Observations Regarding Rural Health Care in the Municipality of Hualtulco

Screen Shot 2017-11-27 at 5.28.23 PMBy Laura M. Ouellette, MD, and Louis W. Weinstein

My husband, Louis Weinstein, and I are physicians in the United States, and have been traveling to Huatulco intermittently for over a decade. We were drawn by the natural beauty, and warmth of the local inhabitants. During one of our visits, a tour guide advised us that he had concerns about the local medical care. Louis and I are gearing down in our practices, and had the time and interest to investigate.

We have had an education, trying to piece together the medical resources in the area. Mexico has universal health care, but it is fragmented. Mexico does some things better than we do in the United States. For example, the immunization rate here is about 98%. In the US it is 93%. As in the US, one’s financial resources may dictate the availability of care. We have met many wonderful, dedicated local practitioners, but it can be difficult for them to obtain specialty care for their patients.

We have had the privilege of volunteering with the DIF, Desarrollo Integral de la Familia, in Huatulco. The staff have taken us to local villages outside of town, such as Puente de Todos Santos, Arroyo Xúchitl, San Antonio Las Pozas, Piedra de Moros, and several more. We consulted with about 6-30 patients at each site, mostly reviewing their current medical concerns and offering advice. We were impressed to find that the patients had generally received good basic care and excellent preventative care. They tend to be resilient and very hard working. We saw many orthopedic problems related to the hard physical work done on farms, and in their households.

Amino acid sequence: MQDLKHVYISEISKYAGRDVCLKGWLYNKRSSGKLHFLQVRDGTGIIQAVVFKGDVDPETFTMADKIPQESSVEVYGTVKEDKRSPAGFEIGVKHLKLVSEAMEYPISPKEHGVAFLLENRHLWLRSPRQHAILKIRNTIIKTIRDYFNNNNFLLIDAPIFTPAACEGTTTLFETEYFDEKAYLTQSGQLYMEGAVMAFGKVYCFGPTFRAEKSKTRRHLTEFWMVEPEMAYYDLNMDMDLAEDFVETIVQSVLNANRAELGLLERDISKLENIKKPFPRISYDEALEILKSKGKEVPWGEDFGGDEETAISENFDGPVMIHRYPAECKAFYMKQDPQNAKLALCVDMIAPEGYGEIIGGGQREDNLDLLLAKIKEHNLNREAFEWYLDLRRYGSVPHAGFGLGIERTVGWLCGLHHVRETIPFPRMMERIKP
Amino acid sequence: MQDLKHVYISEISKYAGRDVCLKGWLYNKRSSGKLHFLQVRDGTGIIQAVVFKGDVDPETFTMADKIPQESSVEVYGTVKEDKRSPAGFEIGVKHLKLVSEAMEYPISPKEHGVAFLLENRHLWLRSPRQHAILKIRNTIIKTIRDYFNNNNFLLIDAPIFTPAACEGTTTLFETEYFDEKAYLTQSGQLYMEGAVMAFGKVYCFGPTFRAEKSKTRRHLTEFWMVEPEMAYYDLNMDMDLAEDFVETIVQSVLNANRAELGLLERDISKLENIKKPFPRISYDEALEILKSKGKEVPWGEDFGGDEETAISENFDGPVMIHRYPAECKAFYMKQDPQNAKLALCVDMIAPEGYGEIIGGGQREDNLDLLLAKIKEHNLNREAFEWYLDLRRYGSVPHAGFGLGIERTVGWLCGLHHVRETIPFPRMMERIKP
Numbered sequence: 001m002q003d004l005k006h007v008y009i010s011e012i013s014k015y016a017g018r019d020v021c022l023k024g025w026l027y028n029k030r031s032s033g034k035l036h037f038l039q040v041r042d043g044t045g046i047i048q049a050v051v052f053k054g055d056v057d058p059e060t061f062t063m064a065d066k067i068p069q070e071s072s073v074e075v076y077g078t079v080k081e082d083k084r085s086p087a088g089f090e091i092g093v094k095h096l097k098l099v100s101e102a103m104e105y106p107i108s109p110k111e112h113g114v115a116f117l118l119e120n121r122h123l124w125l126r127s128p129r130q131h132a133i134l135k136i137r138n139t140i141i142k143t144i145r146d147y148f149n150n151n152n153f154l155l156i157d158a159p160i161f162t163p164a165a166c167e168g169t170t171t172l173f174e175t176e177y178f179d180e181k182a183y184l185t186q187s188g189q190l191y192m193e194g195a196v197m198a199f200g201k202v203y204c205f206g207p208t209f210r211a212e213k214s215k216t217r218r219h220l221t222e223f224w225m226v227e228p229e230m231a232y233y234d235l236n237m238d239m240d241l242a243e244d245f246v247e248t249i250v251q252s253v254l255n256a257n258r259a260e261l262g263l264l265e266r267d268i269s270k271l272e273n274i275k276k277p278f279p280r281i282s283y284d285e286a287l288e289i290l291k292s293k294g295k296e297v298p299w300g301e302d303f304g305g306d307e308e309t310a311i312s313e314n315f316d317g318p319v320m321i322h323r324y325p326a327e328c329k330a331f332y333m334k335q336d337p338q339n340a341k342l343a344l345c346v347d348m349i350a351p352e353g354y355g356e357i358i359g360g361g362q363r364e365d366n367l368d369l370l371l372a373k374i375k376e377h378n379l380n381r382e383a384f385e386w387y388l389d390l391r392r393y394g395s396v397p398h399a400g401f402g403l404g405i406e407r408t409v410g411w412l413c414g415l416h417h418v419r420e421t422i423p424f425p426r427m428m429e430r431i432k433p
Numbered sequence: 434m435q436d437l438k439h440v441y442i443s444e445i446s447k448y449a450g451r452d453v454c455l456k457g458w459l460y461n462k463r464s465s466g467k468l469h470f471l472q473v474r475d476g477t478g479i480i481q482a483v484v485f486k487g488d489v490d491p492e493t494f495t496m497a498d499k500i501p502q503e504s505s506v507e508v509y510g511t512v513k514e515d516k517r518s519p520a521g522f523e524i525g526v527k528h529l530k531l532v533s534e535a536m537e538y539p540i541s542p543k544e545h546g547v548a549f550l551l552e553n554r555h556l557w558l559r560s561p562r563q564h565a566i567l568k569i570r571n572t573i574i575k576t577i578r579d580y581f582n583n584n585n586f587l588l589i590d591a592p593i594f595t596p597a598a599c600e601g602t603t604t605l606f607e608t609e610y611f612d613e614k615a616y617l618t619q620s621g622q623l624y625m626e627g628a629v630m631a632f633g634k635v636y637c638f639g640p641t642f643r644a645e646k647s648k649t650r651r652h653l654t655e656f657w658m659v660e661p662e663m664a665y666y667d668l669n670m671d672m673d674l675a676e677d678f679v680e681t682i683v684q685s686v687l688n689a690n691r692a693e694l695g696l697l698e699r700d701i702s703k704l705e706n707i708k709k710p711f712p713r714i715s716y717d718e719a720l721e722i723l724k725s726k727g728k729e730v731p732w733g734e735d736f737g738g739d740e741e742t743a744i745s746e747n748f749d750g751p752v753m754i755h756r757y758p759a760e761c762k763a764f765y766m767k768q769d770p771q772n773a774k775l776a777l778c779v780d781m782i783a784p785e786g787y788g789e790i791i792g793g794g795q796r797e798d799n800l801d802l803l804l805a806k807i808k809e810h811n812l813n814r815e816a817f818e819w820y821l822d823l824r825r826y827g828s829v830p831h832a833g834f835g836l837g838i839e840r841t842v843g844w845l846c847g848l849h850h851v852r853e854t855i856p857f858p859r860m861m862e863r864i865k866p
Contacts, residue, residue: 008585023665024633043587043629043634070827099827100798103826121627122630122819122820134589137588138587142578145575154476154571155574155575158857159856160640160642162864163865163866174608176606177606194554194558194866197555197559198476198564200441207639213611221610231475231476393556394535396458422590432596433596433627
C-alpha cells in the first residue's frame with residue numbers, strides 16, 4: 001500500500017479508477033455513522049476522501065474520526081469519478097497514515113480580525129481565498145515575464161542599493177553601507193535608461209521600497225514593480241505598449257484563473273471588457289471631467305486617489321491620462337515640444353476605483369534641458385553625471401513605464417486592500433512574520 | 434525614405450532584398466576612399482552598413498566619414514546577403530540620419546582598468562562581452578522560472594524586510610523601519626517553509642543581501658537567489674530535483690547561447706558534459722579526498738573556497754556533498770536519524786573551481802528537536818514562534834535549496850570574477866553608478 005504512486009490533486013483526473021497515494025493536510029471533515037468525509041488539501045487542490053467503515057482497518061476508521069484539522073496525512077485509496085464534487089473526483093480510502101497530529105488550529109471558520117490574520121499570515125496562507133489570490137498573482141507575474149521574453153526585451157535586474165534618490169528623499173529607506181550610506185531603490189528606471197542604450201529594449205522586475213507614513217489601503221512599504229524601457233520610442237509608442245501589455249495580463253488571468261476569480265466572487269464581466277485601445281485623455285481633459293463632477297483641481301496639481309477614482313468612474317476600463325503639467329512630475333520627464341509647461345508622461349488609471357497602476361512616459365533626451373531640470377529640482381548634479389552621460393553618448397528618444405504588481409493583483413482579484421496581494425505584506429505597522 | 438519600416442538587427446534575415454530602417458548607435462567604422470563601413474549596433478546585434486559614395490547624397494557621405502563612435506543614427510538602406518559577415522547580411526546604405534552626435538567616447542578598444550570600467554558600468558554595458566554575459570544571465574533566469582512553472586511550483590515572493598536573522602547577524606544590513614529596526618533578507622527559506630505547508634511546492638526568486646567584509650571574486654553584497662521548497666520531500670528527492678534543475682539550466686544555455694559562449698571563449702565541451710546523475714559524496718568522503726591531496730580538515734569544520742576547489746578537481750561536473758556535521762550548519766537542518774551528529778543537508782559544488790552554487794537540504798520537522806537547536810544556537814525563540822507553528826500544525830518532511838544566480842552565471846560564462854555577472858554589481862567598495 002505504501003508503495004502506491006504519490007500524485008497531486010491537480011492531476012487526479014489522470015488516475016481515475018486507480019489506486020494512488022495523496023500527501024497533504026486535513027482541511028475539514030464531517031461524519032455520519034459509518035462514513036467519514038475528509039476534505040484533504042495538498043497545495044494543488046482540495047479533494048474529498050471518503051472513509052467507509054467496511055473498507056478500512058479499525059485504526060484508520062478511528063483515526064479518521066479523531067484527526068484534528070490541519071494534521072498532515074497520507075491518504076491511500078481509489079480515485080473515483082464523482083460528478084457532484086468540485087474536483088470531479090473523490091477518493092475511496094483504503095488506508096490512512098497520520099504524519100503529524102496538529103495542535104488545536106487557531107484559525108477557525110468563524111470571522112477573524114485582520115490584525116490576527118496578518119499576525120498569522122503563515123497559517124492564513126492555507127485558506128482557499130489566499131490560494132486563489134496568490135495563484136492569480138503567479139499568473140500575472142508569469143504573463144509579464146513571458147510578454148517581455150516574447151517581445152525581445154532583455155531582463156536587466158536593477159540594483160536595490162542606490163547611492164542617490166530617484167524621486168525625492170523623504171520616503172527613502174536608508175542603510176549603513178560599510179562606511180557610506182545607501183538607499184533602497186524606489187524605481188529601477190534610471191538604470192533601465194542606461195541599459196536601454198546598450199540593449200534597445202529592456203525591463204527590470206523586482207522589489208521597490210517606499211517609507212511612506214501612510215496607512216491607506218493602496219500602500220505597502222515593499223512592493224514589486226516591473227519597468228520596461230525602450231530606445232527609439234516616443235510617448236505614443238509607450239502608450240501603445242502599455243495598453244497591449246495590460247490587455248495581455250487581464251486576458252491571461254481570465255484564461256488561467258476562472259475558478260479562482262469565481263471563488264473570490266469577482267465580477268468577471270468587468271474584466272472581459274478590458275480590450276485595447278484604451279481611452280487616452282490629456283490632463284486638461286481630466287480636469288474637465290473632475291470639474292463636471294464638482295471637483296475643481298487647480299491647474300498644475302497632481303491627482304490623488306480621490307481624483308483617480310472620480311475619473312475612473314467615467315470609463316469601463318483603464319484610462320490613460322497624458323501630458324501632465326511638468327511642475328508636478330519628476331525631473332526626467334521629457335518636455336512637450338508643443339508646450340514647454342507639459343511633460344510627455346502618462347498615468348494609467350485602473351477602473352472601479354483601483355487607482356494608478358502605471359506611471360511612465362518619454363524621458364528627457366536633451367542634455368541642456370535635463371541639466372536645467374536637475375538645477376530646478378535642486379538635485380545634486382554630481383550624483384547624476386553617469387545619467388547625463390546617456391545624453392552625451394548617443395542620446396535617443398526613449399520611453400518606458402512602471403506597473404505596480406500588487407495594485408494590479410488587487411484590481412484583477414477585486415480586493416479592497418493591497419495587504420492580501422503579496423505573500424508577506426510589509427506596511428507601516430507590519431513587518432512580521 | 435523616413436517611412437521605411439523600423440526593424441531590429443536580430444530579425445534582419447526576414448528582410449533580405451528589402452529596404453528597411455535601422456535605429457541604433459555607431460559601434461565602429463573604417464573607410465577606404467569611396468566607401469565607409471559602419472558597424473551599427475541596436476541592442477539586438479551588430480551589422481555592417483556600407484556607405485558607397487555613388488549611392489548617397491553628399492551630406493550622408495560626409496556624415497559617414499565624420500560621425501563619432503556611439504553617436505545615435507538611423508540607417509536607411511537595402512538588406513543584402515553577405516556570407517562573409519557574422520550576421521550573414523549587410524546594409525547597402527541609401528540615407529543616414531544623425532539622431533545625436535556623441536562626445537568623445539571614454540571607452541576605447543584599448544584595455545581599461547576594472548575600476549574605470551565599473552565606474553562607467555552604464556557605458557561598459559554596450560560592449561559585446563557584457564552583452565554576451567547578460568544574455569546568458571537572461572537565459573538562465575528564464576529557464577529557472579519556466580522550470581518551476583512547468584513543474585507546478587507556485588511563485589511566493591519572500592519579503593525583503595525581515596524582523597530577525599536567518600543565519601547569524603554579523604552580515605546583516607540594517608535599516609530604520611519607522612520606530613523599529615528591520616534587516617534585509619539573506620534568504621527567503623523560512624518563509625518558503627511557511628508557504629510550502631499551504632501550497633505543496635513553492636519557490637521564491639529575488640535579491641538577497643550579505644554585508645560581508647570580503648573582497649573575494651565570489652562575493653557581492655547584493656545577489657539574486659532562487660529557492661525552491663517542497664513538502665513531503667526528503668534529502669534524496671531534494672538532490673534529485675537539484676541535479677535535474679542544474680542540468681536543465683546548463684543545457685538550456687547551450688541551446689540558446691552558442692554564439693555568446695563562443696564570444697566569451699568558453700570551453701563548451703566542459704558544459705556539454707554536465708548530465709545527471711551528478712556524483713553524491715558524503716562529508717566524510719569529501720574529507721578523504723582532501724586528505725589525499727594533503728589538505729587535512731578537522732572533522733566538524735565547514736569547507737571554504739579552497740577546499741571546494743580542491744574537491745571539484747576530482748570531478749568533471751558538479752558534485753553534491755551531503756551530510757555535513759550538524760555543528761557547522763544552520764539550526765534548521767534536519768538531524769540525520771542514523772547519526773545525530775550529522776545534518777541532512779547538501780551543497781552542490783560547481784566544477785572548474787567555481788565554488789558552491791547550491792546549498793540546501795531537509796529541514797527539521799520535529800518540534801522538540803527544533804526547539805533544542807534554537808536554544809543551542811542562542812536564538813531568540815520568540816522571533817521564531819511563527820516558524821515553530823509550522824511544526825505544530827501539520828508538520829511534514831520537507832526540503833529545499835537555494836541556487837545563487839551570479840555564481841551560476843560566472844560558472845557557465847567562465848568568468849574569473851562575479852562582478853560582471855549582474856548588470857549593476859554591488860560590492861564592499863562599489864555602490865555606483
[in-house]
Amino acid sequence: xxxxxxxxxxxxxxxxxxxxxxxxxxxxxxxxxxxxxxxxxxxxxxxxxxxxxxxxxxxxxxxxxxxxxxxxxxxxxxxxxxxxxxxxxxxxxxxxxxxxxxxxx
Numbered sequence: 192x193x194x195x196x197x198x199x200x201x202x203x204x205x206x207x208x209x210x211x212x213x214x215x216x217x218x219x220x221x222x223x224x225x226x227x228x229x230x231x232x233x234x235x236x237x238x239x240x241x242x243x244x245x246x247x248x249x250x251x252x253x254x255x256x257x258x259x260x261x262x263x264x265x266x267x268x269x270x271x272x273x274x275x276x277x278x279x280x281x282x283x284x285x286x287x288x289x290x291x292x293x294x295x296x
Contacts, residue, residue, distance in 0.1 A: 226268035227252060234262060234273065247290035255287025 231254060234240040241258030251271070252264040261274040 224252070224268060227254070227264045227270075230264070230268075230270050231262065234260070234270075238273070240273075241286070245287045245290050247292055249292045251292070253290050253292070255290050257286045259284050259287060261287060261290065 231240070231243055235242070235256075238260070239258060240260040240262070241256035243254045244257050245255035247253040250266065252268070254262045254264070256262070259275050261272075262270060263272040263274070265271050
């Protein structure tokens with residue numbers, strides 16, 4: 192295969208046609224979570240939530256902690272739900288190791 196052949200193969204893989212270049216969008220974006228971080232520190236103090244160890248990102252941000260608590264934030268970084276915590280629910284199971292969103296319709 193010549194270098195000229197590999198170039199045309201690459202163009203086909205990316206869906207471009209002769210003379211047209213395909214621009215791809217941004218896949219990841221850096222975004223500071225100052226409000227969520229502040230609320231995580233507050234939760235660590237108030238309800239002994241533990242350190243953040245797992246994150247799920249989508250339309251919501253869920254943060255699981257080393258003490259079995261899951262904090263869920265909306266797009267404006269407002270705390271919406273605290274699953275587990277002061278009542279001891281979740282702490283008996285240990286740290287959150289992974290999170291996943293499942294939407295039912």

Dental care, especially for children, was often lacking. We bring toothpaste and toothbrushes when we go to the villages. We saw medical problems related to inadequate footwear, and cooking over open fires. Material resources would be a great help to many of these patients.


Louis and I have also volunteered for Stove Team International, a US nonprofit that helps local entrepreneurs set up factories to produce compact fuel-efficient stoves that are safer and generate much less smoke. We have not yet been able to bring such a project to fruition, but we are still trying to coordinate the resources.

We are not sure that we have contributed substantially, but remain curious and hopeful. We are grateful for the support and generosity of the staff at DIF, the local practitioners and volunteers, and of course, the patients. As in the United States, we feel that it is a privilege to share our experience and knowledge.